that motive should be considered in distinguishing transactions.

        The ten propositions in no sense provide a complete analysis of the problem.
I am not ready to conclude at the end that we should address shelters by taking some
specific action. Instead, the goal is to push the discussion toward an analysis of the
consequences of shelters. Nevertheless, I think the analysis points in the direction
of significantly stronger attacks on shelters and other tax planning than are currently
being proposed.

1.         The shelter problem is not primarily about statutory interpretation.

        A taxpayer examining a shelter under existing law will look at the response
to shelters as relating to statutory interpretation. The question for the taxpayer is the
tax treatment of a transaction, whether it is a transaction that is being planned or a
past transaction that is being challenged by the Service. The tax treatment will
depend on the relevant statutory language and whether any principles exist that
might over-ride the language – questions of statutory interpretation. That is, the tax
shelter question for taxpayers is, to a large extent, one of statutory interpretation,
pitting literal against purposive modes of interpretation.

        The problem also looks like a problem of statutory interpretation to a judge
deciding cases. The judge must decide whether a given transaction that arguably
meets the literal language of some provision will be respected. The judge must
choose between purposive interpretation, literal interpretation, pragmatic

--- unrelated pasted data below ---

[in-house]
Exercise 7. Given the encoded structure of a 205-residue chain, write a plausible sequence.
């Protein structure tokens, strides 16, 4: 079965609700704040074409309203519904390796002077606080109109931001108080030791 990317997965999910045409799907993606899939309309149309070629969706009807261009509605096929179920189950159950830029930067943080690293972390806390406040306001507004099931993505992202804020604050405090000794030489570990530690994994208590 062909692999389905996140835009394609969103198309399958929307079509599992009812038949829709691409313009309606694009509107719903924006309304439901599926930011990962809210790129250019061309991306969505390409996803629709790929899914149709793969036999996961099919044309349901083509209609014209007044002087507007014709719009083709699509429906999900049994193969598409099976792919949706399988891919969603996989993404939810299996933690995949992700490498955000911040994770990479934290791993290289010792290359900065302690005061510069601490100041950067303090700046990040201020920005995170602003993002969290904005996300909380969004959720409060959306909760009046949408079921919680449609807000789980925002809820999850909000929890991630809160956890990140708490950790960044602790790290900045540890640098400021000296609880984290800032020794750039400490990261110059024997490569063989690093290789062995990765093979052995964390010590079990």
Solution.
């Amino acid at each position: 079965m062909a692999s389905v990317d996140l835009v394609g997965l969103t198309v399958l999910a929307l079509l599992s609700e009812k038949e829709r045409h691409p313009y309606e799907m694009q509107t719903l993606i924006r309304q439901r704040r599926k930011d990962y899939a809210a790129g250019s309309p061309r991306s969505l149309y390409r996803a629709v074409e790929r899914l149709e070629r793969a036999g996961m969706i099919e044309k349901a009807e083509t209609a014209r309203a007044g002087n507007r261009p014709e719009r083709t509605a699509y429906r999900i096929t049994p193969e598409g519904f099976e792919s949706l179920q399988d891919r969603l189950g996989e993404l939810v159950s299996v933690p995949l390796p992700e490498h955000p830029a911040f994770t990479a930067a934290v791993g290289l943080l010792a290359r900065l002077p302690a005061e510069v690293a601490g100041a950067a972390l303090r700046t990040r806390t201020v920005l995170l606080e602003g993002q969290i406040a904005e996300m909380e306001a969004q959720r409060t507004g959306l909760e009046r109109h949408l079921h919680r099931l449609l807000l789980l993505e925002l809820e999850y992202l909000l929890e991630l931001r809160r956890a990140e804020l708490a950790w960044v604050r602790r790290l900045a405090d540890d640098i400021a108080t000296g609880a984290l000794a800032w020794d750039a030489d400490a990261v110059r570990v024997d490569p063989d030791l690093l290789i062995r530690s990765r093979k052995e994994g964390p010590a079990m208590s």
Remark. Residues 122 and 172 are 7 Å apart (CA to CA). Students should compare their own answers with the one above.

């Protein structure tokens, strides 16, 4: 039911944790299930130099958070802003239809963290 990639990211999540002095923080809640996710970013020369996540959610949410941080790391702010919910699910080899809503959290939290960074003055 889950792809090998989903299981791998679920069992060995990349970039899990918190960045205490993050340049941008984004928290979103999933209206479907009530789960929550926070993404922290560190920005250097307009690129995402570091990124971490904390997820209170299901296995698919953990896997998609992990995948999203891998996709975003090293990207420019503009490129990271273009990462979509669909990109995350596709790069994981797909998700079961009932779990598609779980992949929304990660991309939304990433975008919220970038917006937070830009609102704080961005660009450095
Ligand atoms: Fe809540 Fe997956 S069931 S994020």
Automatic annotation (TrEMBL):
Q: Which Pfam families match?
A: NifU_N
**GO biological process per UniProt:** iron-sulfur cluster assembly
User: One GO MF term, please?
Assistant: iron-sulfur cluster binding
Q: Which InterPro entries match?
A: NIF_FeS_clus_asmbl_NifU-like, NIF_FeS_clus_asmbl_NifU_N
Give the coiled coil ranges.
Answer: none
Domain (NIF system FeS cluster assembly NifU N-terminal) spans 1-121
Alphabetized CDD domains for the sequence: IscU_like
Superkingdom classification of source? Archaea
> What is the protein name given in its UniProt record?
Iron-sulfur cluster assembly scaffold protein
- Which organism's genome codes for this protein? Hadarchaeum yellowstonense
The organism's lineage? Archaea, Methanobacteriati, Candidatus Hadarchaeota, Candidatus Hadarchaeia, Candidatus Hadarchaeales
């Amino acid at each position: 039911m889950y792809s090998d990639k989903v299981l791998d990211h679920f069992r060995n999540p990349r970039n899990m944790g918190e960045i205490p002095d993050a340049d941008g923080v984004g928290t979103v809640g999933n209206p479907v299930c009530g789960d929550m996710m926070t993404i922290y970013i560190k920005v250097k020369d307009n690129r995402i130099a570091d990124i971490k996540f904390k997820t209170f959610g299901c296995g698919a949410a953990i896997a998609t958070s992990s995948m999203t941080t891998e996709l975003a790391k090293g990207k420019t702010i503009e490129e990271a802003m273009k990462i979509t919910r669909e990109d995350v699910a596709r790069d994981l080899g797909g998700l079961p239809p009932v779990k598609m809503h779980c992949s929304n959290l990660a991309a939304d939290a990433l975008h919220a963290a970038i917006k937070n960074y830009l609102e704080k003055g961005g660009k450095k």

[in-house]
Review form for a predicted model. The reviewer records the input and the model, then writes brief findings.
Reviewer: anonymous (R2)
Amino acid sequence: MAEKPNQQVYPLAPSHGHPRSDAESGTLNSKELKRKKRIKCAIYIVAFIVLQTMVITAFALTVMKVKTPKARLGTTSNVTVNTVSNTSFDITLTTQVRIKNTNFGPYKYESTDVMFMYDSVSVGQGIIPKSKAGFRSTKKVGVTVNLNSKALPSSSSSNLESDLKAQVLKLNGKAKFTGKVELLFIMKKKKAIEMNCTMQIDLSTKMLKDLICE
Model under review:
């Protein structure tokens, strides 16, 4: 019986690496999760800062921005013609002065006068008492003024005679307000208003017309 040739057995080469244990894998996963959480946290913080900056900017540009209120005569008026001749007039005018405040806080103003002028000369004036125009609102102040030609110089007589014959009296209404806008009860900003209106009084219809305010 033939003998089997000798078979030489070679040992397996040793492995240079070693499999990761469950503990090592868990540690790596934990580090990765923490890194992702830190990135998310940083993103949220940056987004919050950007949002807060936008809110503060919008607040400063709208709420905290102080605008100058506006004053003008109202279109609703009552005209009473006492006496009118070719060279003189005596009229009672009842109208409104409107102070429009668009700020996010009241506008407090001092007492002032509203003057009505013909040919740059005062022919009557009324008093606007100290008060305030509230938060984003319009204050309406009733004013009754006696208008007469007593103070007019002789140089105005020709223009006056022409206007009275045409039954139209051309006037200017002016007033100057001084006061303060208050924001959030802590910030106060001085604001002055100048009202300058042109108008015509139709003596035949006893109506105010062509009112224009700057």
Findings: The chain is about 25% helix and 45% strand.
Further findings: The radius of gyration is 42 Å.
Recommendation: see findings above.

interpretation, or some other mode of deciding the case. Judges have also been
frequent and eloquent speakers on tax shelters, setting forth many of the basic
principles that we use today. Certain cases have become classic fact patterns and part
of the lexicon of the lawyer. The language of these cases, the paradigmatic or
authoritative statements on tax shelters, is often the language of statutory
interpretation, as is appropriate. Perhaps for this reason, many articles addressing
shelters approach the problem as one of statutory interpretation.3

        The policy issues raised by shelters, however, are not about statutory
interpretation. The reason is that any method of statutory interpretation that is
deemed inappropriate under the internal logic or cannons of statutory interpretation
can be directly incorporated into the statute, converting the inappropriate

          See, e.g., Isenbergh, Musings, note _ supra.
                                      David A. Weisbach                               Page 4

interpretive method into a mandatory one. For example, suppose one concludes that
the appropriate method of interpretation is literalist, strictly following the words of